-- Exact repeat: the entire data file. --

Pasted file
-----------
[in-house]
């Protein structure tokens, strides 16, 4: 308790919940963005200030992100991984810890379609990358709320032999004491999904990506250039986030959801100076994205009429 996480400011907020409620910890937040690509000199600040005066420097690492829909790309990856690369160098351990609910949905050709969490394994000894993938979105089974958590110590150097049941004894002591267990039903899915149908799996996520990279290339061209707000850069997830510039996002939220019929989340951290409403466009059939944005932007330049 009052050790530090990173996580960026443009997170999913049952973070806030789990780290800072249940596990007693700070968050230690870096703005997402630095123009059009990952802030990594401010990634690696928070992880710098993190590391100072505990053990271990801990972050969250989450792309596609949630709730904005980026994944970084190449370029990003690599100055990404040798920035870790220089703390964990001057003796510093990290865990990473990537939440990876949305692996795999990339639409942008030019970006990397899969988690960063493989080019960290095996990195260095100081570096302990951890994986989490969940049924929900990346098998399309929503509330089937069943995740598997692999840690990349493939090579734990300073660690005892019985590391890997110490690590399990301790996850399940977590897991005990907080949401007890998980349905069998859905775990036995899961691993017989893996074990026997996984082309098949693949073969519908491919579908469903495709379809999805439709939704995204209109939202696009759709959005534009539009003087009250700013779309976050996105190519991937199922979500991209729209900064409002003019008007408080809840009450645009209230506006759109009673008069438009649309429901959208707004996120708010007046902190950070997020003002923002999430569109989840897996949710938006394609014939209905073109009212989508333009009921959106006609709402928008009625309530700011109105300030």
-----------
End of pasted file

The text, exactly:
[in-house]
């Protein structure tokens, strides 16, 4: 308790919940963005200030992100991984810890379609990358709320032999004491999904990506250039986030959801100076994205009429 996480400011907020409620910890937040690509000199600040005066420097690492829909790309990856690369160098351990609910949905050709969490394994000894993938979105089974958590110590150097049941004894002591267990039903899915149908799996996520990279290339061209707000850069997830510039996002939220019929989340951290409403466009059939944005932007330049 009052050790530090990173996580960026443009997170999913049952973070806030789990780290800072249940596990007693700070968050230690870096703005997402630095123009059009990952802030990594401010990634690696928070992880710098993190590391100072505990053990271990801990972050969250989450792309596609949630709730904005980026994944970084190449370029990003690599100055990404040798920035870790220089703390964990001057003796510093990290865990990473990537939440990876949305692996795999990339639409942008030019970006990397899969988690960063493989080019960290095996990195260095100081570096302990951890994986989490969940049924929900990346098998399309929503509330089937069943995740598997692999840690990349493939090579734990300073660690005892019985590391890997110490690590399990301790996850399940977590897991005990907080949401007890998980349905069998859905775990036995899961691993017989893996074990026997996984082309098949693949073969519908491919579908469903495709379809999805439709939704995204209109939202696009759709959005534009539009003087009250700013779309976050996105190519991937199922979500991209729209900064409002003019008007408080809840009450645009209230506006759109009673008069438009649309429901959208707004996120708010007046902190950070997020003002923002999430569109989840897996949710938006394609014939209905073109009212989508333009009921959106006609709402928008009625309530700011109105300030």